Skip to 0 minutes and 5 seconds I have with me here Estee Torok, who’s going to be telling us about her research into how genome sequencing can be useful for medical microbiology. So, Estee, tell us about your research. Hello, Josie. As you know, I’m a Consultant in Infectious Diseases and Medical Microbiology at Addenbrooke’s Hospital in Cambridge. And I spend most of my time in research. My research involves using microbial genomics to investigate outbreaks of infection in hospital, and also to rapidly diagnose drug-resistant infections. And this can be very helpful, because it can inform infection control teams and advise them as to whether to escalate or de-escalate infection control procedures. And in terms of patient management, it can help us to target antibiotic therapy.
Skip to 0 minutes and 49 seconds Currently, how are bacterial infections tested for drug resistance? So, what we normally do in the diagnostic laboratory is we plate the organisms onto agar plates. And then we put antibiotic discs onto the agar plates and incubate them overnight. And if the organism is sensitive to the antibiotics, you get a zone of clearance around the antibiotic disc. But if the organism is resistant, then the organisms grow up towards the antibiotic disc. So, it’s a method that is cheap and relatively straightforward, but can take 24 to 48 hours to give us a result. What can genomics offer over these traditional laboratory methods?
Skip to 1 minute and 30 seconds So, in addition to giving us antibiotics susceptibility data, one of the advantages is that the rapid methods can do this much more quickly. So, within a few hours, rather than within 24 to 48 hours. In addition to the antibiotic susceptibility or resistance data, it can give us organism identity, and information about virulence factors, such as toxin genes. So, are you using these genomic methods routinely at Addenbrooke’s Hospital? We’re not quite. This is something that we’ve been trying to do for a little while. And we’re in the process. We’ve done a number of proof-of-concept studies. But at the moment, we’re not able to do this in real time.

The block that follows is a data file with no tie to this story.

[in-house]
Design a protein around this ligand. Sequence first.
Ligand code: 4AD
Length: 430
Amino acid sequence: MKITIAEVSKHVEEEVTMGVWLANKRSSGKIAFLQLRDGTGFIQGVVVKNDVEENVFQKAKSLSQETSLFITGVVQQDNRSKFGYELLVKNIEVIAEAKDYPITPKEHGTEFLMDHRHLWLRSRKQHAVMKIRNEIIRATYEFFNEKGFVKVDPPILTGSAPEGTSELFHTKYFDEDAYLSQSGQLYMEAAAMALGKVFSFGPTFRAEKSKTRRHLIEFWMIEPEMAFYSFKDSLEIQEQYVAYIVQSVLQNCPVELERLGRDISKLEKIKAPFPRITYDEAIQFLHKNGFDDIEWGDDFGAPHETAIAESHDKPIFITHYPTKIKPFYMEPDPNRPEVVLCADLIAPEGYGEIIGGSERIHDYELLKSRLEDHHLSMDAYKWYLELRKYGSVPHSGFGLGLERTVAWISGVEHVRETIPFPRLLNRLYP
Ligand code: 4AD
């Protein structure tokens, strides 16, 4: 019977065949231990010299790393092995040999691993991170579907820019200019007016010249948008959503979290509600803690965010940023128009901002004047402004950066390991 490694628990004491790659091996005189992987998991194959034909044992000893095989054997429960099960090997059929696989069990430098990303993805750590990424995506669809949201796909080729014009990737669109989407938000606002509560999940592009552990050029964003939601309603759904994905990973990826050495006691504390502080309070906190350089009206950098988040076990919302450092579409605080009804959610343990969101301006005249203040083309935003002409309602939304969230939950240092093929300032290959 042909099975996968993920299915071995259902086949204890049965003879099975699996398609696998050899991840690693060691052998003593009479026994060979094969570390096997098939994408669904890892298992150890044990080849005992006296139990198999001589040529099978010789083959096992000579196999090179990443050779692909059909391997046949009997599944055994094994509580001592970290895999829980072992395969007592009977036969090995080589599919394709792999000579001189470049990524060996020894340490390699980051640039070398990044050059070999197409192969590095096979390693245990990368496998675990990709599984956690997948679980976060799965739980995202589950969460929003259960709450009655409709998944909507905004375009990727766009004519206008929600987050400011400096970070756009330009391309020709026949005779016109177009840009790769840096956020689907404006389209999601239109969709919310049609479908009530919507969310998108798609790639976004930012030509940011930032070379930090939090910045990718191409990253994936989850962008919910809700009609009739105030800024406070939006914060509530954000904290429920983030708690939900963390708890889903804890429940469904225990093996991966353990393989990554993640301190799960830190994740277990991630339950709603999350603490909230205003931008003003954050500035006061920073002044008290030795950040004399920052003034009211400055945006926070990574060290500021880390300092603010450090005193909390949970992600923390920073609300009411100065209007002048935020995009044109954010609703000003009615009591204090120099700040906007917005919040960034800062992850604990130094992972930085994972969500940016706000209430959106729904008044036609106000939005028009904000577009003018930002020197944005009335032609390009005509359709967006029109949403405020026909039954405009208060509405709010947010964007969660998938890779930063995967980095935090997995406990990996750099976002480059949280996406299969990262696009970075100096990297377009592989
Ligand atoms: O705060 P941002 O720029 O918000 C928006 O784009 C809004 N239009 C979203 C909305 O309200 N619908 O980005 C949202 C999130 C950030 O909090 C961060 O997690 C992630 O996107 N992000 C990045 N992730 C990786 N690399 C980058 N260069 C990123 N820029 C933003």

Skip to 2 minutes and 7 seconds However, there is a project that’s about start at Addenbrooke’s in the new year, which will aim to do this in real time. And obviously, within Public Health England, it’s being done for organisms such as tuberculosis. So it’s not quite in everyday clinical practise, but it’s on its way. So what are the challenges associated with using these methods routinely in a health care setting? OK, so, there are a number of challenges. First of all, not every diagnostic microbiology laboratory has sequencing machine, because they’re quite expensive. Secondly, people need to be trained to use them. Thirdly, we need to have expertise to analyse the genome sequence data and report it back to clinical, and people. So, there are a number of challenges.
Skip to 2 minutes and 48 seconds First of all, cost, secondly, expertise, and thirdly, availability. And things are being changed at the moment. So, bioinformatic pipelines are being developed that will become more automated, and will enable us to use this in clinical practice. And is it expensive? To buy a machine is, I think, about £80,000. So it’s too expensive for most laboratories to afford them by themselves. The costs of the actual tests, I think you can sequence a bacterial genome for between £50 and £100, depending on economies of scale. Thank you very much, Estee. My pleasure, Josie.
What can genomics tell us about AMR?
Dr Estee Torok is conducting pioneering research into using whole-genome sequencing in real-time so that AMR can be tracked and the results used to inform treatment. Watch the interview to learn how she does it, and her predictions on how these tools will be used in the future.
Estee explains that microbial genomics techniques could improve routine healthcare in the NHS in England. She also highlights three challenges - what are these? In the comments area, share what you think these three challenges are.
Suggest ways that these challenges can be met in the UK and in your own context?
© Wellcome Genome Campus Advanced Courses and Scientific Conferences